# cpufreqd-get -l

    or

    # cpufreq-info

    analyzing CPU 0:
    &160; driver: powernow-k8
    &160; CPUs which need to switch frequency at the same time: 0
    &160; hardware limits: 1000 MHz - 2.00 GHz
    &160; available frequency steps: 2.00 GHz, 1.80 GHz, 1000 MHz
    &160; available cpufreq governors: ondemand, userspace, powersave, performance
    &160; current policy: frequency should be within 2.00 GHz and 2.00 GHz.
    &160;&160;&160;&160;&160;&160;&160;&160;&160;&160;&160;&160;&160;&160;&160;&160;&160; The governor "ondemand" may decide which speed to use
    &160;&160;&160;&160;&160;&160;&160;&160;&160;&160;&160;&160;&160;&160;&160;&160;&160; within this range.
    &160; current CPU frequency is 2.00 GHz (asserted by call to hardware).&160;

    Changing the CPU speed

    &160;

    Now lets change the speed. As a server, I don't see any reason to try to minimize the speed except in order to save electricity. The profile onDemand should be able to provide the best compromise, changing CPU speed based on server load and thus be more green. For the sake of this article, I will forbid the CPU to downgrade its speed...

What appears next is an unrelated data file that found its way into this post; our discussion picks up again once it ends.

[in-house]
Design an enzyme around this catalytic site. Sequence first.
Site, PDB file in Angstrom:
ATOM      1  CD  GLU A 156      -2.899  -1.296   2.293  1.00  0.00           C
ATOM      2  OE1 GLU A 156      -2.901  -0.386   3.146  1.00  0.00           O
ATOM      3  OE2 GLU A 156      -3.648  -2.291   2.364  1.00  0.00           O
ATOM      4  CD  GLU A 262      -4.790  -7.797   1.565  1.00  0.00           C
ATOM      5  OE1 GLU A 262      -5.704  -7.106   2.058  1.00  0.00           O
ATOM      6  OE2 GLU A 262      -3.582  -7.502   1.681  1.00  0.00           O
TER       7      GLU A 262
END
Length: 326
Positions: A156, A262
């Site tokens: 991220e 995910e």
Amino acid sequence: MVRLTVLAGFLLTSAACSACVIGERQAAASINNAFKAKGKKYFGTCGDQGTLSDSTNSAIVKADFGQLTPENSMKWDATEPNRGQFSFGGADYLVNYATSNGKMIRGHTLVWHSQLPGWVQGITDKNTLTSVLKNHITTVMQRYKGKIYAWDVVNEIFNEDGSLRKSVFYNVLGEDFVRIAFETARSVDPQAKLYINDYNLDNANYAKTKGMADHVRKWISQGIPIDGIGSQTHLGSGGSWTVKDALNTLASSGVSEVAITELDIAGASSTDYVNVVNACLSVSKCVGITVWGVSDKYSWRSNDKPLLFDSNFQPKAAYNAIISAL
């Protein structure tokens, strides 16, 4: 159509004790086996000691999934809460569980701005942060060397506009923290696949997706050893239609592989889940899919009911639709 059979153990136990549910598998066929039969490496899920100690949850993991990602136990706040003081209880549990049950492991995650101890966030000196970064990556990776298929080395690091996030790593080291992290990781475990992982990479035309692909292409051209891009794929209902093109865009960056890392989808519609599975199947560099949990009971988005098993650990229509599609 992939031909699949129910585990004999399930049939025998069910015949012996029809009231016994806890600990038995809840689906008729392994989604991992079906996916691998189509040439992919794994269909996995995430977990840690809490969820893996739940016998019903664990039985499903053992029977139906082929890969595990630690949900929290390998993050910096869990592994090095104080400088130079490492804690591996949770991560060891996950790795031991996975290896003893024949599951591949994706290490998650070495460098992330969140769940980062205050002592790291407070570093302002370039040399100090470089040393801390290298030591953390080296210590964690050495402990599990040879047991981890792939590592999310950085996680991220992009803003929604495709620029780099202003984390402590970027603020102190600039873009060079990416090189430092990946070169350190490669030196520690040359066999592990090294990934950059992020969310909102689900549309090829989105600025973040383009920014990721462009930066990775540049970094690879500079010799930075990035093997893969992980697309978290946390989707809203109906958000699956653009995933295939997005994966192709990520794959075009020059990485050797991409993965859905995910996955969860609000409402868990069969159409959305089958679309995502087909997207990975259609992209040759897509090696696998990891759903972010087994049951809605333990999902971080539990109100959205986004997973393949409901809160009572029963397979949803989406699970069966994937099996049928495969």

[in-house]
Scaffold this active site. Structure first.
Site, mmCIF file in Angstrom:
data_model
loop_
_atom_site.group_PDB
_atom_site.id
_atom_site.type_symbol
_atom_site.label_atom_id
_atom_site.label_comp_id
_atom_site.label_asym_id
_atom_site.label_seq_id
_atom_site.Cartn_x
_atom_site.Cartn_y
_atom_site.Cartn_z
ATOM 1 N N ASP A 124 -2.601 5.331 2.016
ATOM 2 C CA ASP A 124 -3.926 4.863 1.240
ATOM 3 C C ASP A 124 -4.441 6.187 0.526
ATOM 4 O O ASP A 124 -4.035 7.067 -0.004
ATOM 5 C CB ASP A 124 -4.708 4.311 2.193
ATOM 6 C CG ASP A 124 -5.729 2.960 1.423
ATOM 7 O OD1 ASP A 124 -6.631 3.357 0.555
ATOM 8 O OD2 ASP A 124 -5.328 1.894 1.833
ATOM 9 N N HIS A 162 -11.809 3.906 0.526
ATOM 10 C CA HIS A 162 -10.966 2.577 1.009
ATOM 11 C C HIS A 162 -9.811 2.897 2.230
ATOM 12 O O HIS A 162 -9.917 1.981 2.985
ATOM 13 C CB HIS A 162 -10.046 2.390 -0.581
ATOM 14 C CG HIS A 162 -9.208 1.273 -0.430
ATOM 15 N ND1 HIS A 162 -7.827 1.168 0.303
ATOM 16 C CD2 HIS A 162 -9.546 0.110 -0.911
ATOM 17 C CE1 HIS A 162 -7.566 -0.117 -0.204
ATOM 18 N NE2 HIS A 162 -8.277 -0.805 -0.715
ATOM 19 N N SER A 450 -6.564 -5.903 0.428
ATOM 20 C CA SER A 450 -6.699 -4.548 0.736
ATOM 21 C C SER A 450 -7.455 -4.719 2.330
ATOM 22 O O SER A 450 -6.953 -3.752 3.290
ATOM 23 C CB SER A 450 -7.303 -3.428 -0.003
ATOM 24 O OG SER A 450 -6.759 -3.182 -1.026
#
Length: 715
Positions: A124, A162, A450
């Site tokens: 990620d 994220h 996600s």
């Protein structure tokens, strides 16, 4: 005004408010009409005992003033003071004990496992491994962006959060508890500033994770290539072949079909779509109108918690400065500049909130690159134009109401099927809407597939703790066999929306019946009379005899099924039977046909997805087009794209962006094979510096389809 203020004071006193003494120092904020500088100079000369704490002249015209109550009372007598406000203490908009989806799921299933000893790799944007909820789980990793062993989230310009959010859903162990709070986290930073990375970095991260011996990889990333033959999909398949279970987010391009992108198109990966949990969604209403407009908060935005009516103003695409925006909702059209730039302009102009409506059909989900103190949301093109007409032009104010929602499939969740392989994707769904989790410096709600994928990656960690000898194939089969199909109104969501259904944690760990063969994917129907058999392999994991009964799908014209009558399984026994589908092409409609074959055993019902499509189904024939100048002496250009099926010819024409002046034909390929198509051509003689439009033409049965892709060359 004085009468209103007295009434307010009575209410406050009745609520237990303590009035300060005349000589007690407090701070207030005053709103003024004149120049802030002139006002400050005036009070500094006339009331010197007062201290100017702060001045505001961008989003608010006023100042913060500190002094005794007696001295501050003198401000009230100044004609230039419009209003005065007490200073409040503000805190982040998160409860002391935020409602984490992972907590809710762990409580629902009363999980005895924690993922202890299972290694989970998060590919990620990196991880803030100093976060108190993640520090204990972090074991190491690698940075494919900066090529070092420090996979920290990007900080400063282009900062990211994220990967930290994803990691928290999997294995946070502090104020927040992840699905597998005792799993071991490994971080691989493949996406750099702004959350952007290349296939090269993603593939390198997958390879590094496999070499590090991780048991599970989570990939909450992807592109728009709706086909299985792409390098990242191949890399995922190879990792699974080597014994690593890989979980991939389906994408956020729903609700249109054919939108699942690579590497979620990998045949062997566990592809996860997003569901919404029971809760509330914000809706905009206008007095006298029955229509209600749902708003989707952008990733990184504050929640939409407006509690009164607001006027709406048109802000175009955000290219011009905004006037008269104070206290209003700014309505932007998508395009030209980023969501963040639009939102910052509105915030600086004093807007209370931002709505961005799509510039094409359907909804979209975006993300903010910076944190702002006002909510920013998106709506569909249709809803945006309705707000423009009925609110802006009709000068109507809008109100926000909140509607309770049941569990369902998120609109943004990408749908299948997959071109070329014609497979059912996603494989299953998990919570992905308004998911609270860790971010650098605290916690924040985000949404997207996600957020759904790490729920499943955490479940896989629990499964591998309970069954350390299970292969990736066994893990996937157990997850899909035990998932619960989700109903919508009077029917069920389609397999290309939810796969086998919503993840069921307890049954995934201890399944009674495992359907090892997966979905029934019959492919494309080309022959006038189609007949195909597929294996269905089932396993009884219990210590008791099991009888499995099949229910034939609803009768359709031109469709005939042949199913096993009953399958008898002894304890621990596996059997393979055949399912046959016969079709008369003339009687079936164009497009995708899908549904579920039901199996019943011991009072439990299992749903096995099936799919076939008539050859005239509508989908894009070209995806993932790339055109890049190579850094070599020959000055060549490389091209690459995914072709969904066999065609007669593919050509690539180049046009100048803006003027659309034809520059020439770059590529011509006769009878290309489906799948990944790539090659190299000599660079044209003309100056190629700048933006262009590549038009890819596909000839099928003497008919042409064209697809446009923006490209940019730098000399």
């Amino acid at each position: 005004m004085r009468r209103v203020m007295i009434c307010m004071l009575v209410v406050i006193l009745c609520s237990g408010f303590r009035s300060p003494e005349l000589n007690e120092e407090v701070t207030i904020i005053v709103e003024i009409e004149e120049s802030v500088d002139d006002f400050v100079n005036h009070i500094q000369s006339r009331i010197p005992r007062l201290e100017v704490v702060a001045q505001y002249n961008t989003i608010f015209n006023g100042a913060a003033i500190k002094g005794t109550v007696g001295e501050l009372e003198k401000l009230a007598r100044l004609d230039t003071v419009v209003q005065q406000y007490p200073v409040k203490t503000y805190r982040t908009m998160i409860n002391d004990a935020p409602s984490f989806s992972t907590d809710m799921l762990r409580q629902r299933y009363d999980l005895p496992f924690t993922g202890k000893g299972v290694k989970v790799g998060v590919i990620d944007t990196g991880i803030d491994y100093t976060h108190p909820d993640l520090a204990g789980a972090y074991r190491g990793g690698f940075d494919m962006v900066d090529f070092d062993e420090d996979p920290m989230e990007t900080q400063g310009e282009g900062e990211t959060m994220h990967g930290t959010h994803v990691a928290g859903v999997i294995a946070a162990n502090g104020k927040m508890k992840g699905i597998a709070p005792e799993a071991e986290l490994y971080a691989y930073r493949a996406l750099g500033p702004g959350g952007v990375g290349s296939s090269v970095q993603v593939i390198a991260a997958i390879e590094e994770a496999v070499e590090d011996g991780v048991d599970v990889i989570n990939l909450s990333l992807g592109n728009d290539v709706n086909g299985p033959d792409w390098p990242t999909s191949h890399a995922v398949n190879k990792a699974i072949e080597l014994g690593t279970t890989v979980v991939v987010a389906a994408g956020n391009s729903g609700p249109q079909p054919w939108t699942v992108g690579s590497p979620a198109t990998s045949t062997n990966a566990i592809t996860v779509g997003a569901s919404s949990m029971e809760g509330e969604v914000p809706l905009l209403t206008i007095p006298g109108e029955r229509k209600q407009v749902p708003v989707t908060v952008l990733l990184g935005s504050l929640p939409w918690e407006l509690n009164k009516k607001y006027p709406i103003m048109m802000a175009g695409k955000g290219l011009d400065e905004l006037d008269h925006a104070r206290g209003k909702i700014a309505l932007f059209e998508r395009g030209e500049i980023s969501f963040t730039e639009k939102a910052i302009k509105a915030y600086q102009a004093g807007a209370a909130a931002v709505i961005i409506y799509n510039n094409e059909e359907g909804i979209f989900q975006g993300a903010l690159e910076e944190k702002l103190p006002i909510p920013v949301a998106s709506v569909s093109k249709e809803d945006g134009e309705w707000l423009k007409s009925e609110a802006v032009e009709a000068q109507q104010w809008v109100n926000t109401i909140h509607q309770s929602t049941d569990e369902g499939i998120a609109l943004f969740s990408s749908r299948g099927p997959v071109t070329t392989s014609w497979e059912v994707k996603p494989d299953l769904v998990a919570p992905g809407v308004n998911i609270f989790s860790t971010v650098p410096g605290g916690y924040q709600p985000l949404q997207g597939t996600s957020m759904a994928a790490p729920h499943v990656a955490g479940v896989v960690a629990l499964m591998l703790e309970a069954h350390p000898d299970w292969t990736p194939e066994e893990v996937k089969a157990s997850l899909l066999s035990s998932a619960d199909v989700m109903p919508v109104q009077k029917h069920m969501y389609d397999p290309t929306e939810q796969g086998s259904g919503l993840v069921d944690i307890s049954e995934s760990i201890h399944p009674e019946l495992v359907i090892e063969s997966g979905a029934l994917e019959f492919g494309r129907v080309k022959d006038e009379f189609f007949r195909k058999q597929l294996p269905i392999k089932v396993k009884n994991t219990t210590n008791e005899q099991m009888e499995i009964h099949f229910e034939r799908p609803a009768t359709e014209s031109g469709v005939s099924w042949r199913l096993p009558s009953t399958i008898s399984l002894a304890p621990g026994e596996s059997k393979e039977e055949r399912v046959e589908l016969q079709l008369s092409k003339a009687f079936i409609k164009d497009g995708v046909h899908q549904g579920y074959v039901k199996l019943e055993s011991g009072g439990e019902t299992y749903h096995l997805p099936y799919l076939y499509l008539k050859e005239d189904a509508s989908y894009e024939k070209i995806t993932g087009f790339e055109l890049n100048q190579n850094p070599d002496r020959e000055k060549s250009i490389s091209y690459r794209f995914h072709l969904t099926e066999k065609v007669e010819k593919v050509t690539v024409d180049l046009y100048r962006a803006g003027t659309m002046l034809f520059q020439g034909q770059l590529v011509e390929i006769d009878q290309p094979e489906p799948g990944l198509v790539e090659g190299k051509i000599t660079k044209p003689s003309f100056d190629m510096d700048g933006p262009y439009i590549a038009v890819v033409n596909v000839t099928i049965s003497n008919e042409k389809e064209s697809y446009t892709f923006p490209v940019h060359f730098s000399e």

Attention you'll have to respect the hardware limit of you processor. In my case I use currently an AMD K8 Opteron 146 rated at maximum 2GHz

    So depending on your processor, you'll have to either

    • Query the Internet to find the CPU speed range or
    • Use cpufreqd-info that's for sure the fastest and safest
    • Extracting the info from where they are (for every cpu):
      cat /sys/devices/system/cpu/cpu0/cpufreq/scaling_available_frequencies
      cat /sys/devices/system/cpu/cpu0/cpufreq/scaling_available_frequencies

    I was shocked to discover that my current max speed was set at 1Ghz, leading to a server consuming 80 to 250% of CPU load.

    By running, this command cpufreq, I force the system to never go below 2GHz.

    cpufrequtils 0.4: cpufreq-set (C) Dominik Brodowski 2004
    Report errors and bugs to This email address is being protected from spambots. You need JavaScript enabled to view it., please.
    Usage: cpufreq-set [options]
    Options:
    &160; -c CPU, --cpu CPU&160;&160;&160;&160;&160;&160;&160; number of CPU where cpufreq settings shall be modified
    &160; -d FREQ, --min FREQ&160;&160;&160;&160;&160; new minimum CPU frequency the governor may select
    &160; -u FREQ, --max FREQ&160;&160;&160;&160;&160; new maximum CPU frequency the governor may select
    &160; -g GOV, --governor GOV&160;&160; new cpufreq governor
    &160; -f FREQ, --freq FREQ&160;&160;&160;&160; specific frequency to be set. Requires userspace